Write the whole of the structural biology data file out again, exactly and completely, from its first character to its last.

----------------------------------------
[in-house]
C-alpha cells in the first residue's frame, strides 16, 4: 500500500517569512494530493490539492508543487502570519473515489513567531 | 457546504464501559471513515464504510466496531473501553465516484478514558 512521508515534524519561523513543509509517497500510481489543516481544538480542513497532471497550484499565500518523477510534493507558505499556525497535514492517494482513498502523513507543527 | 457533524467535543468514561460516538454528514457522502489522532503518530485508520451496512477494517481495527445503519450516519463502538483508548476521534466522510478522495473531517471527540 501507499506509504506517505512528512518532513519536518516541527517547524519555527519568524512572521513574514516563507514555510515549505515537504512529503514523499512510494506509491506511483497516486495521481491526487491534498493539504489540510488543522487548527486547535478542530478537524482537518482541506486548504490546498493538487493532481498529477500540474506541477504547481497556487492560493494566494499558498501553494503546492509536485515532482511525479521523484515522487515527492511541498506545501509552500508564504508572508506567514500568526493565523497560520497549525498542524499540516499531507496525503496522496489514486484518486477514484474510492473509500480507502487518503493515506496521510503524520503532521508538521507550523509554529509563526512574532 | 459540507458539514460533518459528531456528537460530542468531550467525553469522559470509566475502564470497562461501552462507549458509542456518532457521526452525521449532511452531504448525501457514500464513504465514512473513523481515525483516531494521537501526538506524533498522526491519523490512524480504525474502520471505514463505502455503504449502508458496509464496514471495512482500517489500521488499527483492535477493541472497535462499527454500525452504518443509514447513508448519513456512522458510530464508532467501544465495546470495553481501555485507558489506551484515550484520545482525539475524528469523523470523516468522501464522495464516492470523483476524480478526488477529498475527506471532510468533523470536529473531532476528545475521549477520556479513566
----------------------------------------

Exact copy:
[in-house]
C-alpha cells in the first residue's frame, strides 16, 4: 500500500517569512494530493490539492508543487502570519473515489513567531 | 457546504464501559471513515464504510466496531473501553465516484478514558 512521508515534524519561523513543509509517497500510481489543516481544538480542513497532471497550484499565500518523477510534493507558505499556525497535514492517494482513498502523513507543527 | 457533524467535543468514561460516538454528514457522502489522532503518530485508520451496512477494517481495527445503519450516519463502538483508548476521534466522510478522495473531517471527540 501507499506509504506517505512528512518532513519536518516541527517547524519555527519568524512572521513574514516563507514555510515549505515537504512529503514523499512510494506509491506511483497516486495521481491526487491534498493539504489540510488543522487548527486547535478542530478537524482537518482541506486548504490546498493538487493532481498529477500540474506541477504547481497556487492560493494566494499558498501553494503546492509536485515532482511525479521523484515522487515527492511541498506545501509552500508564504508572508506567514500568526493565523497560520497549525498542524499540516499531507496525503496522496489514486484518486477514484474510492473509500480507502487518503493515506496521510503524520503532521508538521507550523509554529509563526512574532 | 459540507458539514460533518459528531456528537460530542468531550467525553469522559470509566475502564470497562461501552462507549458509542456518532457521526452525521449532511452531504448525501457514500464513504465514512473513523481515525483516531494521537501526538506524533498522526491519523490512524480504525474502520471505514463505502455503504449502508458496509464496514471495512482500517489500521488499527483492535477493541472497535462499527454500525452504518443509514447513508448519513456512522458510530464508532467501544465495546470495553481501555485507558489506551484515550484520545482525539475524528469523523470523516468522501464522495464516492470523483476524480478526488477529498475527506471532510468533523470536529473531532476528545475521549477520556479513566